Lochend Fracturing Practices
What additives are you using in your Lochend hydraulic sand fracturing process?
The additives used in fracing fluid vary from well-to-well. By volume, additives typically account for only about one percent of hydraulic fracturing fluids. Each additive performs a certain function and is selected specifically for each well, depending on the type of rock being fractured.
Most of the additives used in the greater Lochend area are found in common household products. Specific compounds used in a given fracturing operation will vary depending on company preference, source water quality and site-specific characteristics of the target formation. The diagram below represents the additives used in our typical water-based sand frac in the Lochend area.
The use of these additives is regulated to ensure safe work practices, proper site preparation, attentive handling and the protection of the public, employees, contractors and the environment. All hydraulic fracturing fluids for individual wells in Alberta and British Columbia are required to be disclosed and can be found by visiting www.fracfocus.ca.
How can I be sure that my water is protected?
It is important to note that in our Lochend deep natural gas and oil drilling operations, target hydraulic fracturing zones that are, on average, located over two kilometers below the earth’s surface, far below freshwater formations. These freshwater formations are separated from the frac target formation by thousands of feet of impermeable rock barriers.
Steel casing, pipe with surrounding layers of cement, is installed to isolate the well and protect the fresh water aquifers through which the wellbore penetrates. The minimum depth at which the surface casing must extend below these freshwater aquifers is regulated by the Alberta Energy Regulator ("AER"). The multiple layers of steel and cement that go into the construction of a well, when properly installed, virtually eliminate the possibility of contamination to these freshwater zones.
Water wells in the Lochend area typically produce from an average depth of 45 metres. In compliance with the AER Directive 8, type 2 – reduction for low-risk development wells, the minimum surface casing depth required for the horizontal wells in the Lochend area that drill to the Cardium formation is between 265 metres and 290 metres, offering protection far below the depth of most water wells. The industry average setting depth for this area is 283 metres. As shown in the diagram below, out of an abundance of caution and to ensure that our water resources are protected, we are currently setting surface casing at up to 600 metres. The average depth of the Cardium target formation, where the fracs actually occur, is 2,200 metres.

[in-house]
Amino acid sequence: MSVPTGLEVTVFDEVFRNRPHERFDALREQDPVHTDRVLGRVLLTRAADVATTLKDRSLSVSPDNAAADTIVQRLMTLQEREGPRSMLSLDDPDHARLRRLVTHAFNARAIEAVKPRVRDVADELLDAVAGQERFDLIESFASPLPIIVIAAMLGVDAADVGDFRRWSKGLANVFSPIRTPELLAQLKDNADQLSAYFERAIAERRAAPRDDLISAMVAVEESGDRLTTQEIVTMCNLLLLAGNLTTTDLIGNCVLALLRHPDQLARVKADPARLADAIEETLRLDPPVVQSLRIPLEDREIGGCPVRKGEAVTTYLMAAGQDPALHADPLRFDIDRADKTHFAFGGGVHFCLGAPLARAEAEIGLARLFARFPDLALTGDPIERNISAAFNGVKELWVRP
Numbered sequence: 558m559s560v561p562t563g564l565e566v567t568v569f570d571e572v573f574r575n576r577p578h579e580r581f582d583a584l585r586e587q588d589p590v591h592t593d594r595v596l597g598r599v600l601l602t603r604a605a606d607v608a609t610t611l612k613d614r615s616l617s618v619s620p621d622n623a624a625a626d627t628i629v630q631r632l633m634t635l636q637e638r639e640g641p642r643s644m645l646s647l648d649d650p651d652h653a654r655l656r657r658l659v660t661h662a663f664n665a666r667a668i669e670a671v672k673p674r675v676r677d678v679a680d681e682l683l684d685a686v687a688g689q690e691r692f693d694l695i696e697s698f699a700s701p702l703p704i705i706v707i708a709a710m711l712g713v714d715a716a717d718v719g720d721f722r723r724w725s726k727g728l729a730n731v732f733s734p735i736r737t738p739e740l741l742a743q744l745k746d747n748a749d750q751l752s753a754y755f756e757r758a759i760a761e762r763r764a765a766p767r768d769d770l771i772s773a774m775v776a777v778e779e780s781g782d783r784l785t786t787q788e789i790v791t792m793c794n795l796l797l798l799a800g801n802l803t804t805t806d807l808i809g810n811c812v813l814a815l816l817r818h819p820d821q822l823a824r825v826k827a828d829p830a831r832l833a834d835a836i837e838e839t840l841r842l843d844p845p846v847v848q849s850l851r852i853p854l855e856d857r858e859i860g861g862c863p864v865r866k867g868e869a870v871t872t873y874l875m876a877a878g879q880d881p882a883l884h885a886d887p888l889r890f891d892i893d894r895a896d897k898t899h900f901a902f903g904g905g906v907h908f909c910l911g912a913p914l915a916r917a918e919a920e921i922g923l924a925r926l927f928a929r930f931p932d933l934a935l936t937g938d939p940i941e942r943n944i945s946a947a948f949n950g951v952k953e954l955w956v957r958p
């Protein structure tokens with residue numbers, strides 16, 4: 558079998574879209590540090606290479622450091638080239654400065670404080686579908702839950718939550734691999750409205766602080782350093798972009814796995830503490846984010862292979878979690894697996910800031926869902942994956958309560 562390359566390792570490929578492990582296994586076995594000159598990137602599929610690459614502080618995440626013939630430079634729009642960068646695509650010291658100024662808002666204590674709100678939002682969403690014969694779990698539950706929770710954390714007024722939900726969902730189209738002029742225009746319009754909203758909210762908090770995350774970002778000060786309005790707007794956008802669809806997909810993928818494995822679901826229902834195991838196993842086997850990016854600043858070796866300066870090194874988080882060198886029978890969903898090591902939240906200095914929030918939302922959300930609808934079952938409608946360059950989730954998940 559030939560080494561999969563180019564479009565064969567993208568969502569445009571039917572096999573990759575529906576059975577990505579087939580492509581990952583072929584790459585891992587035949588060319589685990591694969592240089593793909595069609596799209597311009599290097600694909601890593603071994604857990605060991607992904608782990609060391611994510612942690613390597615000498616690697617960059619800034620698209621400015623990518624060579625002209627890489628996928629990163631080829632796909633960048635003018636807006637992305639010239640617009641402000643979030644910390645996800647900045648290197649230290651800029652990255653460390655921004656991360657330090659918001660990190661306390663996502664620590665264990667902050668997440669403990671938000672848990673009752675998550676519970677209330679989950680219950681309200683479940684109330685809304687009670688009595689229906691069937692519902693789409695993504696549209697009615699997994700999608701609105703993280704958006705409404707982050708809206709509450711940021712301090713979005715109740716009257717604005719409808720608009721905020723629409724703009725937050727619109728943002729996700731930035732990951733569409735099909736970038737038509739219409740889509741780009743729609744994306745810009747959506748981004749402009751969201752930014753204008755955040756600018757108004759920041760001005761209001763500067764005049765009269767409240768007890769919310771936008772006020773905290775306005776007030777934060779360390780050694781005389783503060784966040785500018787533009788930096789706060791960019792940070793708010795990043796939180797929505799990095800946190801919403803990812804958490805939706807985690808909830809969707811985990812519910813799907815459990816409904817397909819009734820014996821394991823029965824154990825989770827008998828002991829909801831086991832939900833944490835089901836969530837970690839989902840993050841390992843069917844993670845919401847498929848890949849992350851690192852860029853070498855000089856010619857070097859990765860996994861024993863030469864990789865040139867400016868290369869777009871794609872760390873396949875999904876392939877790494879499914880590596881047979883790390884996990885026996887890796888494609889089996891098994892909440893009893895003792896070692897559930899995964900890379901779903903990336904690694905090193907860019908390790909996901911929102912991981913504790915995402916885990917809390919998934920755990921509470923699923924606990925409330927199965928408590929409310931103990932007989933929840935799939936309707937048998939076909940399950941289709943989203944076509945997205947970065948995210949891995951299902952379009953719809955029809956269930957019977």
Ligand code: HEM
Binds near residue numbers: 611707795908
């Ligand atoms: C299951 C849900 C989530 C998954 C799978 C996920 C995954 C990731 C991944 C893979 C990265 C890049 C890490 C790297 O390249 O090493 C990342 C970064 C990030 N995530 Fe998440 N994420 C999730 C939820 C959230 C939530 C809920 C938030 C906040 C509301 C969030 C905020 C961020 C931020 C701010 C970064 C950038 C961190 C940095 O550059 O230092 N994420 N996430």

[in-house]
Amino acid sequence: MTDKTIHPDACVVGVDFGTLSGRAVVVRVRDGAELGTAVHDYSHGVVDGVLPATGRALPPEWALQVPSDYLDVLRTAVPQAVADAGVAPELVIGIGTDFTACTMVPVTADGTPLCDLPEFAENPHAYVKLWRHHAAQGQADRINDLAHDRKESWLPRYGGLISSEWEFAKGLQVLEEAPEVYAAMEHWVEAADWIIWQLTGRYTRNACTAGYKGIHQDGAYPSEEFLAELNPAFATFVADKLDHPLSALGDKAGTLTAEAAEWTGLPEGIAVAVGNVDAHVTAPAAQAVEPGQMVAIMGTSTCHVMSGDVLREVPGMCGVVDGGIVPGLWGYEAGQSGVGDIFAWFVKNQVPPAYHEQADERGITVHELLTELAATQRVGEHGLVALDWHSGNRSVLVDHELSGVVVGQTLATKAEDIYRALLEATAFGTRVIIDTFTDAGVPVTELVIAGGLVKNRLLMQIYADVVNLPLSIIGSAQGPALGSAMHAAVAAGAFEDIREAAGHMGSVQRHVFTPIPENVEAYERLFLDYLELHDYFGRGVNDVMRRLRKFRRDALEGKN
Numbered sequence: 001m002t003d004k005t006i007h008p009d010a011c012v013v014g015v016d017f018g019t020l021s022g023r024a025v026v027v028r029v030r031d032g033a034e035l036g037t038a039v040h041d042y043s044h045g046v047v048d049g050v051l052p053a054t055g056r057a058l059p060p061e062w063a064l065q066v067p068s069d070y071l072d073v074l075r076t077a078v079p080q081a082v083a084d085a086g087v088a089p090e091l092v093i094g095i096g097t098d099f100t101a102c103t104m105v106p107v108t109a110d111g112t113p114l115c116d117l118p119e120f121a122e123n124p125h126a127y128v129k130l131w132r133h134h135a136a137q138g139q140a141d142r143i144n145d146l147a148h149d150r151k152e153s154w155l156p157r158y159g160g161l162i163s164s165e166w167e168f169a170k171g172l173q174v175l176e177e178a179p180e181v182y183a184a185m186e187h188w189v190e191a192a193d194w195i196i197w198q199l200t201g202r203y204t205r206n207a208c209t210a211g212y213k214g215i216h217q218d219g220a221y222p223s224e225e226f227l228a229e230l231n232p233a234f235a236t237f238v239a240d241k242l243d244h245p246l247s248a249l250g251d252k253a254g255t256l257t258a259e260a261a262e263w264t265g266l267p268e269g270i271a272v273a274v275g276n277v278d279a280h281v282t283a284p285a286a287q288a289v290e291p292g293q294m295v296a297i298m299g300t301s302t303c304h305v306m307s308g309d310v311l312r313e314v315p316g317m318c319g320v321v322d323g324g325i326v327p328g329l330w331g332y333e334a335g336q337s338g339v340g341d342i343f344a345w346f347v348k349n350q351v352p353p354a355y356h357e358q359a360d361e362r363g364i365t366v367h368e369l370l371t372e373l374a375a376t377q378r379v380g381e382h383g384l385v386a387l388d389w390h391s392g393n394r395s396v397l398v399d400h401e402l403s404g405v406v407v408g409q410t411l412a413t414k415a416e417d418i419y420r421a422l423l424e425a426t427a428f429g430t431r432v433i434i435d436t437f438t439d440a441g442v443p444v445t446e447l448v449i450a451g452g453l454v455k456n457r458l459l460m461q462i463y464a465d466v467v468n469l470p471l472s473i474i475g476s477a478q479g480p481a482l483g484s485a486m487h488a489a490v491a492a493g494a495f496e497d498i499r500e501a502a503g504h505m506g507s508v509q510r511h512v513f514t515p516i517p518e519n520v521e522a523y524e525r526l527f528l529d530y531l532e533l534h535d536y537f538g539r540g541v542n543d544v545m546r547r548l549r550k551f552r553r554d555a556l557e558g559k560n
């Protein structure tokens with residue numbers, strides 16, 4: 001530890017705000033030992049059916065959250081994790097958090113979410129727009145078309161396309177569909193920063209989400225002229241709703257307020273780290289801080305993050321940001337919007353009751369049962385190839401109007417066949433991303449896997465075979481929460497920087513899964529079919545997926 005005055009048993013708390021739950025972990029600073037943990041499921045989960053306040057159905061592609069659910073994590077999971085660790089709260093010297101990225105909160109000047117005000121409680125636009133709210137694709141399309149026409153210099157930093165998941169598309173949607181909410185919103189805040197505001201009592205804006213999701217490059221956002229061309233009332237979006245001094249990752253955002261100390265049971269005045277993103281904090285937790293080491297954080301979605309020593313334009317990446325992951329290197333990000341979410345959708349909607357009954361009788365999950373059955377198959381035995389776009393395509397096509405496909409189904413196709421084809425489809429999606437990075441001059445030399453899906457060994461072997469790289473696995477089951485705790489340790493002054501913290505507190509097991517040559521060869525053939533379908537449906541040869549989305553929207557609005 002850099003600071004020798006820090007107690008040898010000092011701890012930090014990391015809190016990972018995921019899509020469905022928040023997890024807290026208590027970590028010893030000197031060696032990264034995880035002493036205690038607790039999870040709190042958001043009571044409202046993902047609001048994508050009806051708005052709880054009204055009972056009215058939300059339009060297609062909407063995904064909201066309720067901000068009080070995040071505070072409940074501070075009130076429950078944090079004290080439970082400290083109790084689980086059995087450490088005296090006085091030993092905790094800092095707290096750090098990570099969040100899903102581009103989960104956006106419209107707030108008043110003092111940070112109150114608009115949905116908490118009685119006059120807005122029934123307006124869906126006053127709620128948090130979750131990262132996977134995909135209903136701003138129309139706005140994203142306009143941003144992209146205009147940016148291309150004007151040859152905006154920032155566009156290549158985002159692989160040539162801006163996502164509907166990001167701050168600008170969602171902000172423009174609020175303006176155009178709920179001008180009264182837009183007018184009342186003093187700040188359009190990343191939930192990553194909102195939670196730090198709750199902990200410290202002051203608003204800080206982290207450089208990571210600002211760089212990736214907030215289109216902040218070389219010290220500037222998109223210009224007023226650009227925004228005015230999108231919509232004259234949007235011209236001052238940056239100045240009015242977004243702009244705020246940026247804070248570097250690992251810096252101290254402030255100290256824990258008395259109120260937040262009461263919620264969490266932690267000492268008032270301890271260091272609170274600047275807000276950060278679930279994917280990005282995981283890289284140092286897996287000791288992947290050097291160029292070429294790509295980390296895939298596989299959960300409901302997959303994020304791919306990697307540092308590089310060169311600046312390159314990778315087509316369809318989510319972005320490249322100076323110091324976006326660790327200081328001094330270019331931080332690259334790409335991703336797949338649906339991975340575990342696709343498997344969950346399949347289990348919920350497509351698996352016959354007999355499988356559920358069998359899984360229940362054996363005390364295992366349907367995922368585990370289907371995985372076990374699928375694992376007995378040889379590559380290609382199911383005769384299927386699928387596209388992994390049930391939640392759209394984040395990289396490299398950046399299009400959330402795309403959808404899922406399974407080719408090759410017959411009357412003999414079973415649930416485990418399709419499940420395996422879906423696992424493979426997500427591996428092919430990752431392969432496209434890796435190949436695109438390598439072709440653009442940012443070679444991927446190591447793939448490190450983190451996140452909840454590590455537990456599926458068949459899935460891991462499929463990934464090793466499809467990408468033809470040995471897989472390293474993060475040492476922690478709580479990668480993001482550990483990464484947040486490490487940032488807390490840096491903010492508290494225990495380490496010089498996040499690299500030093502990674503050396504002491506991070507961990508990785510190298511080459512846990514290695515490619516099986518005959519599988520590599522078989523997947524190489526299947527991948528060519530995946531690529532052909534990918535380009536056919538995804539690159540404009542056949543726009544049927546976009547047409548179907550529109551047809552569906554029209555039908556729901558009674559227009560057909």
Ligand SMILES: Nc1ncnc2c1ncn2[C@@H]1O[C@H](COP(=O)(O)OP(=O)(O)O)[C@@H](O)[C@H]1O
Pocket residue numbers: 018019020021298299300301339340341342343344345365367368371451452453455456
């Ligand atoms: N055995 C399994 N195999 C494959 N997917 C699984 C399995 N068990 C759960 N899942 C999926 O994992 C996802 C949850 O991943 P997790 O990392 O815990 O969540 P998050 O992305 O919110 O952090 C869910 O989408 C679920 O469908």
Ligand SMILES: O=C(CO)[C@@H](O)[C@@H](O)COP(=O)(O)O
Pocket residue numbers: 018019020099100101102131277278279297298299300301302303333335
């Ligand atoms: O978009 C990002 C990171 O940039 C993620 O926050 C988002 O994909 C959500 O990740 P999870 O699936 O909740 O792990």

We offer landowners baseline testing for water wells within 400 metres from our operations and additional requests for water testing are evaluated on a case-by-case basis beyond this distance.
Will drilling and fracing deplete our water resources?
No. Drilling a typical horizontal well in Lochend utilizes approximately 4,500 barrels ("bbls") of water using water based drilling mud. Over an average 18 day drilling period, this amount is equivalent to two and a half truckloads of water per day (~100 bbls/load).
The amount of water used during a fracing operation varies from well-to-well. Water requirements are approximatley 14,000 - 21,000 bbls per well. Generally around 30 to 40 percent of this water is recylced water from previously fraced wells.
Do you flare or release gas when you drill and complete a Lochend well?
In our operations gas is not released when we drill a well. Once the well is completed, we need to flow the well to recover some of the frac fluid and nitrogen used in the fracturing operation. The fluid is captured and trucked to a waste-treatment facility for processing. Initially, more nitrogen flows back than can be put into the pipeline system; therefore, it needs to be flared or incinerated. Once nitrogen levels drop, the gas is delivered into the pipeline system and conserved. We have reduced the flowback period to as short as seven days in our Lochend operations.
Do you flare or incinerate gas in Lochend?
We only incinerate in the Lochend area. Flaring and incineration are two different approved methods used by industry to burn waste gases that are unable to be processed or sold.
- Flaring is the igniting of natural gas at the end of a flare stack. The stack acts as a chimney and this causes the characteristic flame associated with flaring.
- Incineration is the mixing and combusting of waste gas streams, air, and fuel in an enclosed chamber for added combustion efficiency. Air and gas are mixed at a controlled rate and ignited. Typically, no flame is visible from an incinerator.